Saturday, September 10, 2011

"The Dancehall"

After Lou paid off his debts he went to the cheaper bars, the ones without pretty girls. He got into a drunken fight over a game of pool but nobody cared because he didn't hurt anybody, he just pushed and yelled a lot. In another place, however, he tried to steal a bottle of whiskey and got hit in the face by a bouncer. He spent the weekend in jail, nursing his eye and playing checkers with the two fat cops who were sometimes nice to him.

He was sober when he got out. His monthly cheque was waiting in his mailbox and he knew he couldn't handle the really cheap bars, at least not right now, so he cashed the cheque and went to the dancehall.

The girl with the orange dress was on the floor, easy to spot. This was the woman who Lou liked. She was an exaggerated pin-up, just this side of ridiculous, a starved man's fantasy after years in barracks, hospital wards, and drunk tanks. His buddy Corman had said "Nobody looks like that for real," but he and Corman weren't friends anymore.

Smiling in the toothy, inappropriate way she did when she danced with somebody, the woman was clutching the back of a thug who swayed awkwardly beside the stage. She deserved better than the veterans and dock workers, Lou had decided. Better than the customers who were barely more respectable than him with his scuffed shoes and his frayed suit jacket.

Lou felt like he was spinning and his mouth was dry. He wobbled to the bar, timing it so he could cross paths with her -- Suzette, her name was -- and she put her hand over her eye and said "elegant shiner!" while swaying into the restroom. He touched his face and looked sideways into the bar mirror, where he could see the thug lighting a cigarette and watching him.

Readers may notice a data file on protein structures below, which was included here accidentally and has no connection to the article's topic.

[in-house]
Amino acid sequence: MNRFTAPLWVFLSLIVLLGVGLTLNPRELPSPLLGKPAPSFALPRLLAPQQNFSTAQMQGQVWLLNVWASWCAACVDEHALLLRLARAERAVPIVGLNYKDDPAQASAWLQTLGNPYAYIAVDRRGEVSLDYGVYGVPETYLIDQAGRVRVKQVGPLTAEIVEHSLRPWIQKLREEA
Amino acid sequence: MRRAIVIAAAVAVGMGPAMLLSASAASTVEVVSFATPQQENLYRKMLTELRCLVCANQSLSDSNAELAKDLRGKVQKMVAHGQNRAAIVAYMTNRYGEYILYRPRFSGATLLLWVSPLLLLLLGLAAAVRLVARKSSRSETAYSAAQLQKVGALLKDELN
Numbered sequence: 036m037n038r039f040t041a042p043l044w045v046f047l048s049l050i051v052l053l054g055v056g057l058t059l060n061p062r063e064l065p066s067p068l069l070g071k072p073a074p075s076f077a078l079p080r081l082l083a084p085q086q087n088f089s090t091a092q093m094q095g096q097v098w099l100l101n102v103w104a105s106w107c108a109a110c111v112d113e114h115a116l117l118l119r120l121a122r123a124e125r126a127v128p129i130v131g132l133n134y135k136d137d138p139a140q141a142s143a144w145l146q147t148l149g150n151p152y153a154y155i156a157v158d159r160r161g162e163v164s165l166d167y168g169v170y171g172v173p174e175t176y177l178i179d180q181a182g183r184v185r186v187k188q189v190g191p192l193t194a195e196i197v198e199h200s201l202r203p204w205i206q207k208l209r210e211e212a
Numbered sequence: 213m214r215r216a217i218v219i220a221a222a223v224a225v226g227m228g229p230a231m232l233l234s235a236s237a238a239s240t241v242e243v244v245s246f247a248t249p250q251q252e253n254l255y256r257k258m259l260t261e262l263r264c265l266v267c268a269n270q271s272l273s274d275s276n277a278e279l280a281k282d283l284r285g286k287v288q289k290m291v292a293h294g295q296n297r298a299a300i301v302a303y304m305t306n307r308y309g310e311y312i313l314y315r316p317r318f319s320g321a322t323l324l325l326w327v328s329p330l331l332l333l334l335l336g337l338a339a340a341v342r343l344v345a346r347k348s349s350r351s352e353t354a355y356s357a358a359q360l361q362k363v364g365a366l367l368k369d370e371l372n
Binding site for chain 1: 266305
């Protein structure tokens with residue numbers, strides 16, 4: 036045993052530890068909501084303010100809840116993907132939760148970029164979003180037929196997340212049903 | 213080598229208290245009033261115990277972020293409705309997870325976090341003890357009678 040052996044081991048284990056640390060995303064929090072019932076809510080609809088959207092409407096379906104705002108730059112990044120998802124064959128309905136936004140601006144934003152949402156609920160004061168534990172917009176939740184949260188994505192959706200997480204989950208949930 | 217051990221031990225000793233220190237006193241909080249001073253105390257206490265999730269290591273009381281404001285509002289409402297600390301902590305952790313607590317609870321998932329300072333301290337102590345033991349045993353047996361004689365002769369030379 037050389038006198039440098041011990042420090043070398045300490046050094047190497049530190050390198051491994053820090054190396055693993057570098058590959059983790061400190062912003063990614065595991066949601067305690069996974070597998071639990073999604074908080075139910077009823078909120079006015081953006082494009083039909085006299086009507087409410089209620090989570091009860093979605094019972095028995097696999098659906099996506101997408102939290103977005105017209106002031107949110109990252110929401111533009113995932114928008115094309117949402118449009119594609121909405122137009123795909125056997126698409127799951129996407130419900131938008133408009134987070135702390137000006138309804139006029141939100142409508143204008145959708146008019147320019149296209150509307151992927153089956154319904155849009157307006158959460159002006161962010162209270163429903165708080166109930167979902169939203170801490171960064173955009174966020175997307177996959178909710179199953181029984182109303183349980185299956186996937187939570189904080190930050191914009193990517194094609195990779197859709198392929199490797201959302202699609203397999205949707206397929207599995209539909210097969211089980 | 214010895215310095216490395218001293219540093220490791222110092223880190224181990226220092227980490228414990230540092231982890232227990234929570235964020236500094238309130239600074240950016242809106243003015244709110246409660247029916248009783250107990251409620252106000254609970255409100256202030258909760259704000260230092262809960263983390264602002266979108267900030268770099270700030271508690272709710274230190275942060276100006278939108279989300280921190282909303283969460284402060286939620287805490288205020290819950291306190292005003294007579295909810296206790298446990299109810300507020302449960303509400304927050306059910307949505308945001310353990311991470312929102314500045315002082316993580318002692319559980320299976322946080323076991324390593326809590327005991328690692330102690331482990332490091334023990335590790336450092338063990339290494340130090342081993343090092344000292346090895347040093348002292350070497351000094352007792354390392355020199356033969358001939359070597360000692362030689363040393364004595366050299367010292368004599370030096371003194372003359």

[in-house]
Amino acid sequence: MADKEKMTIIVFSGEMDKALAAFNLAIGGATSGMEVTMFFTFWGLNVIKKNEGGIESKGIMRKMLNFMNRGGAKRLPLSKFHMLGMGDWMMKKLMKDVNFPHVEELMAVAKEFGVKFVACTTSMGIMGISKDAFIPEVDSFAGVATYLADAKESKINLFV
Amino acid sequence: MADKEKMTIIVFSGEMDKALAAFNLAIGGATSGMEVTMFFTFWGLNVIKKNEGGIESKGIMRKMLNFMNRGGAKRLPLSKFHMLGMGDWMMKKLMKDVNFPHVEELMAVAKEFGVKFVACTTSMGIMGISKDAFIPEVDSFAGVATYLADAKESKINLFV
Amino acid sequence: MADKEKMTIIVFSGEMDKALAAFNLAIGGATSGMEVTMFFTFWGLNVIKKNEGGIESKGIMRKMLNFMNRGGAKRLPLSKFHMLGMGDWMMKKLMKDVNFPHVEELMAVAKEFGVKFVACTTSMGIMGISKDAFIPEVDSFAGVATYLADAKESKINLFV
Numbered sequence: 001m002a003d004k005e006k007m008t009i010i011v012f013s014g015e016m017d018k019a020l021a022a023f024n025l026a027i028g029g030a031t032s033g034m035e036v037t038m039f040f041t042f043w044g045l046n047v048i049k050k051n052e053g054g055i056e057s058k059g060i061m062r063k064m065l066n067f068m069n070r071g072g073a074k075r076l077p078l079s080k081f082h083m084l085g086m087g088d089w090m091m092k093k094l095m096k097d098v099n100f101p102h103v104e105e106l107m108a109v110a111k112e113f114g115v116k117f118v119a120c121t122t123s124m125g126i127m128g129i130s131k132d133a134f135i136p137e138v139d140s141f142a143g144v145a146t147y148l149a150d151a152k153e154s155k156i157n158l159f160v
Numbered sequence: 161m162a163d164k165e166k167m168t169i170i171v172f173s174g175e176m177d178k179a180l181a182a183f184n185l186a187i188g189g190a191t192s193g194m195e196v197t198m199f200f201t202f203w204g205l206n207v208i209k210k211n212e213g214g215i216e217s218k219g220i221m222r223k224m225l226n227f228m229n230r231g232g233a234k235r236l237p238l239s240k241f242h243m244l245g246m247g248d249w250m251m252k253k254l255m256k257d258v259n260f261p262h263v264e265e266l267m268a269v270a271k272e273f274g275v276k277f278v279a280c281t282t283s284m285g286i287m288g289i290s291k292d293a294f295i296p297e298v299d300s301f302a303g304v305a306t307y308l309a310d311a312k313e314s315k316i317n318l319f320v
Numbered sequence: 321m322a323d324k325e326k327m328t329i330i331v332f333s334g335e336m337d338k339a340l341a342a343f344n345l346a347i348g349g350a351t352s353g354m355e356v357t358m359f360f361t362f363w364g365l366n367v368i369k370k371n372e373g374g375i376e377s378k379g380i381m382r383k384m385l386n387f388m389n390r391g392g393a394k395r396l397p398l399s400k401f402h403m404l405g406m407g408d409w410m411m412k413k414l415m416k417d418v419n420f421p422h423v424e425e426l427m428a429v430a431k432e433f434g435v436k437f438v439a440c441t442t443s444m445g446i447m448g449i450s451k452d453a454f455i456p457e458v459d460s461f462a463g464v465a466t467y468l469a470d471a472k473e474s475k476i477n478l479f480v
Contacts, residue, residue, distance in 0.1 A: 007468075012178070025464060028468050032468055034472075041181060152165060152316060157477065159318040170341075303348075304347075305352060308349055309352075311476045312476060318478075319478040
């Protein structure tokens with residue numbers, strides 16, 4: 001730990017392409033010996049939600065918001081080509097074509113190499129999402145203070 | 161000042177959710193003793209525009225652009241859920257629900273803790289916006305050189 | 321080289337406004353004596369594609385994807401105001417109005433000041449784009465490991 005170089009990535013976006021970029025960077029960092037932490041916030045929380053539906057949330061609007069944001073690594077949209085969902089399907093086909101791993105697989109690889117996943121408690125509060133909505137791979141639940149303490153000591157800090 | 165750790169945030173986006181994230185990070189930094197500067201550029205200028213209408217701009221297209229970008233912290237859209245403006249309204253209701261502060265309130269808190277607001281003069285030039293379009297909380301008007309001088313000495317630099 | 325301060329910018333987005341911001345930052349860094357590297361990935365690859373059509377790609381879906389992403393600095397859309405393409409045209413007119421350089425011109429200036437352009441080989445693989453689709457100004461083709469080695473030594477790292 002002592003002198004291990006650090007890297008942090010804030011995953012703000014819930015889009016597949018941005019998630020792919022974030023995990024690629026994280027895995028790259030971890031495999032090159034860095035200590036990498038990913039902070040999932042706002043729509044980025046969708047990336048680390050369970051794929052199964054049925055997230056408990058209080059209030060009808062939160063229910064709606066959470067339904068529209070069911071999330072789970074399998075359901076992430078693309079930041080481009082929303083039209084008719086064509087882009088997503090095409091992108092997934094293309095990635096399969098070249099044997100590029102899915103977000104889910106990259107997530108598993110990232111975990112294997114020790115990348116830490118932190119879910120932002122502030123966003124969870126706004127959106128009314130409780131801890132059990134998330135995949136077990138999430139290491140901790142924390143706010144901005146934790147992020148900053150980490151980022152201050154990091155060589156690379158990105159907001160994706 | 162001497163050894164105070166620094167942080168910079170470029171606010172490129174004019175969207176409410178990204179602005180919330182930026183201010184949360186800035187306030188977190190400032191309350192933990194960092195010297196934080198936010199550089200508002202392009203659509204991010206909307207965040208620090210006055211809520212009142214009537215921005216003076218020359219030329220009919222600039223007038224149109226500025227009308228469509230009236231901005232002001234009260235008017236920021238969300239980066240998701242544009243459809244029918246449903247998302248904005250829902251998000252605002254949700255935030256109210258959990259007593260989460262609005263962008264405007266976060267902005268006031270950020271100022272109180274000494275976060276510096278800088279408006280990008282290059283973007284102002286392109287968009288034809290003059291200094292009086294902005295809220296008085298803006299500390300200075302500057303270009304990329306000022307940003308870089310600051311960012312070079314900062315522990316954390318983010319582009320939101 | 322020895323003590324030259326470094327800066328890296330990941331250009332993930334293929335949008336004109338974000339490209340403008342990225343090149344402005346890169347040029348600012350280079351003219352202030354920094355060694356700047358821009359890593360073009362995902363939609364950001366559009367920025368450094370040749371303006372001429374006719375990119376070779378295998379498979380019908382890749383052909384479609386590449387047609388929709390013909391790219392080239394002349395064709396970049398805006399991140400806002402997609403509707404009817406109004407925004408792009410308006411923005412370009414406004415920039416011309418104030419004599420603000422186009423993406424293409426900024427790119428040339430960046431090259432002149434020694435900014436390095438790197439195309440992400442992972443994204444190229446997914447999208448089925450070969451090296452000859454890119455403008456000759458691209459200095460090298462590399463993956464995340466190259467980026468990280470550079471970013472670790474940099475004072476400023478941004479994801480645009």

Later, after a few drinks, Lou had stopped thinking about his eye and the thug and he was looking straight into the mirror, watching the girl in the bursting orange dress dance in a haze behind the bottles.

"Everybody loves Suzette," said the bartender. He leaned close and Lou could smell his toothpaste. "She's a kook, though."

"How so?"

"Says she's from Mars and came here by accident. Says she's going home on the next flight out of here." The bartender shrugged. "Everybody knows she's a kook."

"Nothing surprises me," said Lou, "I just got out of jail."

"You should have taken a shower first." Apparently this was the last drink Lou would get here.

He managed to grab the girl's arm on his way out. "I hear you're from outer space," he said, and the thug punched him right below the ear, professional. After that, in the drunk tank, the two fat cops held his hat just out of reach while Lou jumped up and tried to grab for it.

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